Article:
Only 'Half' Bad - "The Hidden Half" Review
By Jeffrey M. Anderson Combustible Celluloid
Sometimes a filmmaker will really go to the mat to defend his or her values. But how often will a filmmaker actually risk her life to make a film?
That's the case with the new Iranian film "The Hidden Half," opening today at the Rafael Film Center. Director Tahmineh Milani ("Two Women") was arrested by Iran's Revolutionary Court Aug. 26, for her support of "counter-revolutionary grouplets" within the film.
Milani was eventually released when the Ministry of Culture finally approved her film, but she still faces a trial and possible execution. In her defense, Ray Privett of Facets Home Video spearheaded a "declaration of solidarity" signed by several world filmmakers, including Francis Ford Coppola, Sofia Coppola, Phillip Kaufman, Spike Lee, Sean Penn, Robin Wright Penn and Martin Scorsese, that was sent to various Iranian leaders.
Unfortunately, this real-life story eclipses the onscreen one. As often happens, the censors have drawn more attention to the art object than it would have gained on its own. "The Hidden Half" turns out to be, quite simply, not bad.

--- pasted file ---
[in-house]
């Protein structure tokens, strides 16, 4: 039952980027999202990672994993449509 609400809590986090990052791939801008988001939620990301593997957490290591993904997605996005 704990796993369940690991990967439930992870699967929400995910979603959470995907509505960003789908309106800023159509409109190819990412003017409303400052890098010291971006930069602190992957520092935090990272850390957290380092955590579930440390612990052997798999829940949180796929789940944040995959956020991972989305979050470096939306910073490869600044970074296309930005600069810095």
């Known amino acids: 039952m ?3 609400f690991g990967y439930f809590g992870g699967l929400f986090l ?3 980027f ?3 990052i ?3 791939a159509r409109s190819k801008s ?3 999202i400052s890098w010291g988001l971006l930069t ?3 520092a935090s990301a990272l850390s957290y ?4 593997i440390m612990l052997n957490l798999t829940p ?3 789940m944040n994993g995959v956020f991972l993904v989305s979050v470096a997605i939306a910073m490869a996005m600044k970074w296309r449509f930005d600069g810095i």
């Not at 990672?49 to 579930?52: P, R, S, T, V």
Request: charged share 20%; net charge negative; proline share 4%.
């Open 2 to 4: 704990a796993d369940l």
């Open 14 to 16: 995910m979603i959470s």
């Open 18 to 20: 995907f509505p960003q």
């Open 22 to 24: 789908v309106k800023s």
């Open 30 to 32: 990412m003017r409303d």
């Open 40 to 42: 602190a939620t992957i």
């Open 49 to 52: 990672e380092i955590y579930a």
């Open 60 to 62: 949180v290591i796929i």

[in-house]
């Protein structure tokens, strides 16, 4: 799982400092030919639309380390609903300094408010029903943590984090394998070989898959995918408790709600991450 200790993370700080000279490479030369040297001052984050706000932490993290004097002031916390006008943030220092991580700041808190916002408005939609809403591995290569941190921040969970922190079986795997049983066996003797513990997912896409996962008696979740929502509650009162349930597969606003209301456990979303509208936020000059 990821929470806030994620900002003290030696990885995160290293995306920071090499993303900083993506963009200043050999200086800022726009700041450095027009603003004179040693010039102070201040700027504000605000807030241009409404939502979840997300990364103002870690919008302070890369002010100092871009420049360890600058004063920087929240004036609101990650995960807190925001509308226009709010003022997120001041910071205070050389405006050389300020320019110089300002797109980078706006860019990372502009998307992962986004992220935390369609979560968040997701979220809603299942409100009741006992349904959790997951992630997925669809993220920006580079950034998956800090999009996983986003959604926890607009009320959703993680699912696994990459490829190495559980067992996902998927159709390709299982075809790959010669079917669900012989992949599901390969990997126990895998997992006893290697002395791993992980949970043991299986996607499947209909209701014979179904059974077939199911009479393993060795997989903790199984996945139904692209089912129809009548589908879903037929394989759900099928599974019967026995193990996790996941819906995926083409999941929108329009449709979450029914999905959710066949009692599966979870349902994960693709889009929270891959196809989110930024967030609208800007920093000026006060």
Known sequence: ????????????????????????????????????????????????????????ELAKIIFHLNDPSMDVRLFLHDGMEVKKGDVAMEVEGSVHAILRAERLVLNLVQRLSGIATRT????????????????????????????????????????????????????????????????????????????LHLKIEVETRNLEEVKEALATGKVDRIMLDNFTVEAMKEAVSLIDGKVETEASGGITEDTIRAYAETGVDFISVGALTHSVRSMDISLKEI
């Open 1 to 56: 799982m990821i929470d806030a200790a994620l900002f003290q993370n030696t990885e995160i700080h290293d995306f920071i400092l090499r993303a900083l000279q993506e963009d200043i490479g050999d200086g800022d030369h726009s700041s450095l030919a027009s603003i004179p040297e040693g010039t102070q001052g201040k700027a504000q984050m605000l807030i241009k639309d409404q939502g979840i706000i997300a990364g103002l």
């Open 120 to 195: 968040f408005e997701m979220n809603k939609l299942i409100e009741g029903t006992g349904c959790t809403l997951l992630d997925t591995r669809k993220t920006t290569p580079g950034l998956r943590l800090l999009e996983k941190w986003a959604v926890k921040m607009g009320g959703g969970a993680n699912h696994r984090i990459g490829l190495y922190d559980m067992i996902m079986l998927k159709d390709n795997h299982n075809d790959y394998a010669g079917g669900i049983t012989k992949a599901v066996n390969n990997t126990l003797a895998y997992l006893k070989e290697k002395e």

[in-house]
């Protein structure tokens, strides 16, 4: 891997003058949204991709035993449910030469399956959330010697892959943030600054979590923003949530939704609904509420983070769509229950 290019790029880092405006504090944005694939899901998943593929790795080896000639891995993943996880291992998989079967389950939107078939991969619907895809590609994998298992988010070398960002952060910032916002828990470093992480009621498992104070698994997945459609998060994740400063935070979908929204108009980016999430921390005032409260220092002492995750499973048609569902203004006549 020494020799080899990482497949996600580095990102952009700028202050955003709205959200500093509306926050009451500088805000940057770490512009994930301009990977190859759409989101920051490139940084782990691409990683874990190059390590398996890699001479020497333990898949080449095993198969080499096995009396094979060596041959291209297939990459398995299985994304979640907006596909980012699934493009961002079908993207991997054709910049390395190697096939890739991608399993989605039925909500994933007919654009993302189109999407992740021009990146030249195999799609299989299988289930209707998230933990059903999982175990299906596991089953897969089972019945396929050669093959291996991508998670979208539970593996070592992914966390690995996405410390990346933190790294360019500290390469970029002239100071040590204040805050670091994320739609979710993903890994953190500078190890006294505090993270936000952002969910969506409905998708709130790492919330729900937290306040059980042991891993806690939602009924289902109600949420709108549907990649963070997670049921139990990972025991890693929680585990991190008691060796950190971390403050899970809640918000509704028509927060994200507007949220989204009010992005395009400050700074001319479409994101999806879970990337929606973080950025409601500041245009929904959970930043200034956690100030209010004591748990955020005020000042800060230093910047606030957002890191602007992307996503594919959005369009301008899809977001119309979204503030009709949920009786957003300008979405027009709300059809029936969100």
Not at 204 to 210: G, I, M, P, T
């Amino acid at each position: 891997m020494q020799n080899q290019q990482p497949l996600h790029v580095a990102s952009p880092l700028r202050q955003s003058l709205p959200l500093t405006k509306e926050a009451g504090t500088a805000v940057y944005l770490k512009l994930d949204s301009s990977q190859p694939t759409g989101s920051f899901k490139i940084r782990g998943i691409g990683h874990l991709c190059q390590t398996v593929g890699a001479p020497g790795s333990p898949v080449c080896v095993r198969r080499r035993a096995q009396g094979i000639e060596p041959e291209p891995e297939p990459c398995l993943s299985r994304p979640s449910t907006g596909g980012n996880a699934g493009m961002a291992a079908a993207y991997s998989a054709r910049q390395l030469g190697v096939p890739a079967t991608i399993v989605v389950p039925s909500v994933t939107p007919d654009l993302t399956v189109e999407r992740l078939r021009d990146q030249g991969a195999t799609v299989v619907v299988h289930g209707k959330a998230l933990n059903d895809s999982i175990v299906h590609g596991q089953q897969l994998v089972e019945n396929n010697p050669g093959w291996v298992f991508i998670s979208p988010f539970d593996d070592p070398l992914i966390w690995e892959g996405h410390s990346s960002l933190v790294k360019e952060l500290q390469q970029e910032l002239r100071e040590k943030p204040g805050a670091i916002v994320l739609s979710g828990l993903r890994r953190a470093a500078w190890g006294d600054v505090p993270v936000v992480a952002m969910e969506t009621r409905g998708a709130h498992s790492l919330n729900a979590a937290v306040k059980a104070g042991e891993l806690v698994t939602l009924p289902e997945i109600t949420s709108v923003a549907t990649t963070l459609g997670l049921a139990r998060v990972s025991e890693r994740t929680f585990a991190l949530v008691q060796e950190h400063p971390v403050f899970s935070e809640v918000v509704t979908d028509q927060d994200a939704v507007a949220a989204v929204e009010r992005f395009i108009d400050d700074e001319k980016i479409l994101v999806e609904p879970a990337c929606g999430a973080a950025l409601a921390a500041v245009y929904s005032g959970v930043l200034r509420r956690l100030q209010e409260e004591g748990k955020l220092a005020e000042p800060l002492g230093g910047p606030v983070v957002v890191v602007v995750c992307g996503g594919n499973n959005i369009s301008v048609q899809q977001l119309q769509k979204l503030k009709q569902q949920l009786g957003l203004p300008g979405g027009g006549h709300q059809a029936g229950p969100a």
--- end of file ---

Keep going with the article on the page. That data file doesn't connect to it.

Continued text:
After her judge husband Khosro (Mohammad Nikbin) gets called away to defend a female political prisoner, our heroine, Fereshteh (Niki Karimi), flashes back to her revolutionary days of the early '80s (a strange time for U.S. viewers who remember when Iran was a dirty word).
It's clear when we meet the young Fereshteh that she probably joined her radical political group as a wild youth yearning for a way to express herself. But she's just as interested in meeting guys as she is in distributing flyers.
And so she meets a handsome, gray-haired poet and intellectual (Atilla Pesyani) who is amused by the naive girl's passions. She falls in love with him but finds out the hard way that he's already married and -- even worse -- that she looks quite a lot like his first love from long ago.
In any case, it's clear that director Milani is more concerned with the emotion of the story than with its politics, which is as it should be. But the emotion often aims too high and resonates too loudly and too forced, like a 1950s Rock Hudson melodrama. For the record, I have not seen any of Milani's other films, and I have no idea what her normal style might be like. Nevertheless, I found myself grimacing during these portions of "The Hidden Half."
Still, I can't help admiring Milani's passion, both onscreen and off. I imagine that part of what set everyone off in the first place was not the film's politics, but its portrayal of a strong, independent Iranian woman who's not subservient to any man. Kudos to her.
Originally Published January 18, 2002
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